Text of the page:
Susan Young

I Was a Terrible Person

I was six years old. Like all the other kids at my school, I played on the playground during recess. The thought nagged in the back of my mind that there might be other kids who didn’t know Jesus. I should tell them. That’s what they told me in Sunday School. That’s what they told me in Vacation Bible School. It was my job. I should talk to them. But I didn’t. I was a terrible person. They might go to hell because I didn’t speak up. The guilt followed me around the playground on a daily basis. Was I these kids’ last chance? Was I damning them all by my silence? I just couldn’t do it. I played harder and distracted myself and then recess was over and I could retreat into the safety of a history textbook.

But what would happen if I did say something? They might go to church. I’m not sure how they wouldn’t have gotten there because our church didn’t have one of those vans that picked kids up like I’d heard about, but they’d get there somehow. Then they would get saved. Then they’d be the only Christian in their horrible abusive home where their father drank and hit them and it would make their father mad, but they’d keep telling their family about Jesus until they all got saved. I had heard the story a hundred times, but I still didn’t say a word. Because I was a terrible person.

Years passed, my family homeschooled, I turned 13 and we were surrounded by families who seemed more Christian than me. The burden should have been gone. I didn’t have to think about if the girl in the ankle length skirt knew Jesus. She probably wondered if I did when I showed up to hang out with the group in jeans and a Tweety Bird tee. Yet why was this guilt still following me? I pushed forward to the alter at a conference and fell to my knees crying and praying in my shame over my cowardice. I should be finding someone to save. Lost people were everywhere, weren’t they? I should be finding them! But I was a terrible person, and I didn’t try.

Instead I hung out with my friends, studied, and listened to Christian rock that talked about everything but witnessing. I donned my WWJD necklace, bracelet, and anklet in the hopes that someone would see them and ask opening the door for the conversation I felt I should be having, but couldn’t quite come to on my own. It never happened. Everyone knew what they meant by the time I owned them.

What would have happened if I said something? I could have been ridiculed by my peers and ostracized from social settings and that would be amazing because persecution meant blessings to come. But I was a terrible person and chose my own feeling of safety over the mission I’d been given since before I could remember.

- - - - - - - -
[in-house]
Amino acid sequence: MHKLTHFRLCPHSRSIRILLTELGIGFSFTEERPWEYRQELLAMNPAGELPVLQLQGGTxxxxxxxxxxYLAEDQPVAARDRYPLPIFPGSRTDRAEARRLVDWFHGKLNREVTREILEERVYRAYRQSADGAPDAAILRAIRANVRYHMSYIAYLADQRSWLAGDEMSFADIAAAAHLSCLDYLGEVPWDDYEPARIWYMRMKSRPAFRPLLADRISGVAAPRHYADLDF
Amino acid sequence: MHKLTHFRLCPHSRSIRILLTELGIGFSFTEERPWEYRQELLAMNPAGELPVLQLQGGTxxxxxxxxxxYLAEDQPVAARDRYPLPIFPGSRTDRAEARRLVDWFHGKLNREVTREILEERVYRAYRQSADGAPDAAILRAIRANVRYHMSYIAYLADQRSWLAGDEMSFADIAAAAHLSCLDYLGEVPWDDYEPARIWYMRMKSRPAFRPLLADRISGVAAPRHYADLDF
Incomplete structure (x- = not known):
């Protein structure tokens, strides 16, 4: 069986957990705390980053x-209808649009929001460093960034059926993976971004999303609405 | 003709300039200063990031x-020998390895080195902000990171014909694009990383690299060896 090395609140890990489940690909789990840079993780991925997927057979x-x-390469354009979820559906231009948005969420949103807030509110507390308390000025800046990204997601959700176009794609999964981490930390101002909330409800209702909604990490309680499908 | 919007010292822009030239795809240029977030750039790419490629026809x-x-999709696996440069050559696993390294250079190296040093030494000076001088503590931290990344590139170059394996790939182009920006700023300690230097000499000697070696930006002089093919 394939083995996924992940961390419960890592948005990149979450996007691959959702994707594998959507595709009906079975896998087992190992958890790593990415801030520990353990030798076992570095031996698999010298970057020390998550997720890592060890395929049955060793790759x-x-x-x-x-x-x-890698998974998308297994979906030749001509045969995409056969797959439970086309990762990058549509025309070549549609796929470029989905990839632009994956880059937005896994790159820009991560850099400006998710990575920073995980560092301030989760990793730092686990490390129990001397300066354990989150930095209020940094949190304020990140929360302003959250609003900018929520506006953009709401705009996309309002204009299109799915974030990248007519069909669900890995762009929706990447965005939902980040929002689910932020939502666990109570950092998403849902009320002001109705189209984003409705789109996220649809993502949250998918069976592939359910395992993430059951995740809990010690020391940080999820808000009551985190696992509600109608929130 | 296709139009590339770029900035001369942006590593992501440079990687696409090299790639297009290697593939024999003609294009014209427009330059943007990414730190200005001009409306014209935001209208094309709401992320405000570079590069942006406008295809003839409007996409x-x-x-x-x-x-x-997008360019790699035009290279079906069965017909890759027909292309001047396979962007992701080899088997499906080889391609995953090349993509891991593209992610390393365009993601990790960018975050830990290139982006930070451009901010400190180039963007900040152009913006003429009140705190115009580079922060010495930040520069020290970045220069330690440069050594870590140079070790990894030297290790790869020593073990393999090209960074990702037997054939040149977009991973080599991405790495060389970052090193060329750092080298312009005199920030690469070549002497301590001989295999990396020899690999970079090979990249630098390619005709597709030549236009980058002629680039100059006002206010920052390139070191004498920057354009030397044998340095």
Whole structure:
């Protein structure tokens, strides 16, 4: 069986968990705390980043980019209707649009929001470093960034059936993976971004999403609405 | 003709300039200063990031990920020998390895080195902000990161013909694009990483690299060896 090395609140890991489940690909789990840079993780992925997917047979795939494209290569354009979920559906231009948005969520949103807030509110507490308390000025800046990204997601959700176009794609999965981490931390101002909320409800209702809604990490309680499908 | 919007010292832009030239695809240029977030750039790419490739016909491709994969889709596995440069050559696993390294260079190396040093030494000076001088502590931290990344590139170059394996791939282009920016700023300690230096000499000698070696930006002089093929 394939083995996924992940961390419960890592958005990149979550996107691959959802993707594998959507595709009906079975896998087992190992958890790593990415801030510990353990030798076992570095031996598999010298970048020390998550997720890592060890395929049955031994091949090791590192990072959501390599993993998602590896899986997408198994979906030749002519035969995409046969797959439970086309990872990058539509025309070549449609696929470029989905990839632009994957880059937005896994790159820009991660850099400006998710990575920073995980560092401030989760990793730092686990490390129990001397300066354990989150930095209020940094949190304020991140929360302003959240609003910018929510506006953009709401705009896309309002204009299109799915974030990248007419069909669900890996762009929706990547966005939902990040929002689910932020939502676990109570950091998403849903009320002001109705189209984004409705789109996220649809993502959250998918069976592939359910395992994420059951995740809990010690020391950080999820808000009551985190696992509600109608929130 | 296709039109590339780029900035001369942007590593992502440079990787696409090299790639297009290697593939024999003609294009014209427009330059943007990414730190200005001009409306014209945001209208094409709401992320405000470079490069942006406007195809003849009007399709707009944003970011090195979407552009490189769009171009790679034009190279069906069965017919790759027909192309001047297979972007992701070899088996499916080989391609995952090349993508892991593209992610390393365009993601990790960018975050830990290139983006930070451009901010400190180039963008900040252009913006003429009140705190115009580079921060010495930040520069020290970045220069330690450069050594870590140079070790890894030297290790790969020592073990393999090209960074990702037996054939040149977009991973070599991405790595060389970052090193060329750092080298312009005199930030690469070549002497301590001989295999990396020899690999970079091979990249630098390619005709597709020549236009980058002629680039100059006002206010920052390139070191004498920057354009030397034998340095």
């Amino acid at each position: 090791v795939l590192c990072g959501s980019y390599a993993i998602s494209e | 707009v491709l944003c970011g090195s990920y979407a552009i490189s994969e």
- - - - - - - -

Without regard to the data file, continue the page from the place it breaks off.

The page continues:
More years flew by and I became an adult. Other worries pushed the guilt to the back of my mind until I went to a two week evangelical leadership training conference. The mission was laid before me again only this time, you must risk your life. Unless you were out on the streets talking to anyone who would listen or picking up random strangers from the side of the road and proselytizing to them in the confines of your car, then you failed in your mission. There was a chance it would make someone angry and they would pull out a knife or a gun and threaten or even kill you, but that was wonderful! That would make you a martyr and then imagine the reward!

Then we were presented a choice - pile into a bus and go downtown and start spreading the word, or pile into another bus and go exploring in a cave. I was a terrible person. I explored the cave. The guilt tried to follow me, but concerns about fitting through tight spaces and staying with the group kept it at bay.

In the weeks and months that followed it caught up with me and twice I picked up a stranger from the side of the road who had run out of gas. I drove them to a gas station, bought soft drinks, in one case bought their gas, and took them back to their cars. Yet, I still couldn’t cross that final line and talk to them about salvation while they were my captive audience in my car. I let them leave thinking I had helped them with no ulterior motive. The guilt followed me home, not because I had an ulterior motive, but because I had failed to follow through on it.

More years have passed. The guilt doesn’t follow me any more, but I stopped bringing religion with me as well. Sometimes my doorbell rings and I see a group of people huddled out there in their Sunday clothes with bibles ready to save my soul. I walk away and pretend I’m not home. They probably think I’m a terrible person. Only now that doesn’t bother me.